Template PureScript?


Is there any interest in adding compile time metaprogramming to PureScript? Something analogous to Template Haskell maybe?

I think it could be a really important feature especially now that there’s talk of stabilizing the language. It would give users more freedom to do things on their own. For example the recent magic typeclasses could have been implemented without compiler support.

Taking Template Haskell as inspiration are there any things we would like to do differently? There are some interesting points here, specifically I think phase distinction could be valuable.

Then there’s the obvious question of how compile time code is evaluated. Personally I think it’s fair to just model it after repl. If you are using the purescript/purescript compiler you would need a JavaScript interpreter for compile time code. Backends that are forks will just call out to their own thing if possible (or also require a JavaScript interpreter) and libraries with compile time code will have to have implemented the FFI for that backend, same situation as today with run-time code.


The primary thing I find annoying about Template Haskell is that it vastly increases compile time.
Having experienced this in a yesod application where maybe it’s used more than it needs to be which, could be the source tbh.

Unfortunately that’s all I can offer as my Template Haskell knowledge is fairly limited :smiley:


To quote @paf31, “I can count on no hands how many times I’ve wanted template PS”


Hehe, I had a feeling there wasn’t much interest in this ^_^


Citation needed :stuck_out_tongue:


Perhaps I worded that badly :slight_smile: I meant that many functions that use typeclasses purely for computing types can use compile time metaprogramming instead. But also if we had something like TH we could maybe allow users to solve functional dependencies like class Wat a b | a -> b themselves with a function of the type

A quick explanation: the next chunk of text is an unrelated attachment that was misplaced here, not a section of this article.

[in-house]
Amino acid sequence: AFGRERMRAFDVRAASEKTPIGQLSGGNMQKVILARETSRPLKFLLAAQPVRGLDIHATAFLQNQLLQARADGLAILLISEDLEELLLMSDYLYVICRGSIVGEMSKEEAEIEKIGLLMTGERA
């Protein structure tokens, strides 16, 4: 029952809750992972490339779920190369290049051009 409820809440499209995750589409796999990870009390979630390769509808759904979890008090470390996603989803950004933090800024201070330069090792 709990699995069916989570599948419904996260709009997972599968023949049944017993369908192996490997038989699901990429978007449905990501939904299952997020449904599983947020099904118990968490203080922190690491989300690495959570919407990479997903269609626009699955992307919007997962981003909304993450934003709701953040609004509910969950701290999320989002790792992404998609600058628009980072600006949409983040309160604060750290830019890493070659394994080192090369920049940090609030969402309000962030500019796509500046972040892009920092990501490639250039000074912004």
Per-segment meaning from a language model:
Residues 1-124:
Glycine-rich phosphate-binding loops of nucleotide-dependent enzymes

Q Type -> Q Type.


But I guess Template Haskell is another story :relaxed:


I think the crux of it is that Template Anything is extremely non-trivial for both implementation and maintenance, especially one that’s done well. It would probably require:

  • A comprehensive proposal for how such a system would work and fit into the existing compiler (parsing, type-checking, staging, hygiene, etc).
  • An implementation in a fork for everyone to use and evaluate.
  • A commitment to maintain it long term.
  • Approval from the core developers as to whether this is something we should include.


Yeah it being extremely non-trivial is precisely the point of this post, before one invests the time, would something very similar to Template Haskell possibly get past bullet point 4?


I’m not a core developer, but I would say those things have to happen in order. How would one be able to evaluate whether it’s good for the tooling and community if there is no concrete proposal for how it would affect the tooling and community? PureScript isn’t Haskell, and it has different constraints. If you want an answer to, “Can I get a binary yes/no for inclusion of Template Haskell in the PureScript compiler?”, then I think it’s pretty clear what the response would be :smiley:. My impression is that I haven’t seen a core developer express interest in building or maintaining such a feature (I could be wrong though), so it would require someone with a lot of commitment/vision/experience to see it through, and fight a fairly uphill battle.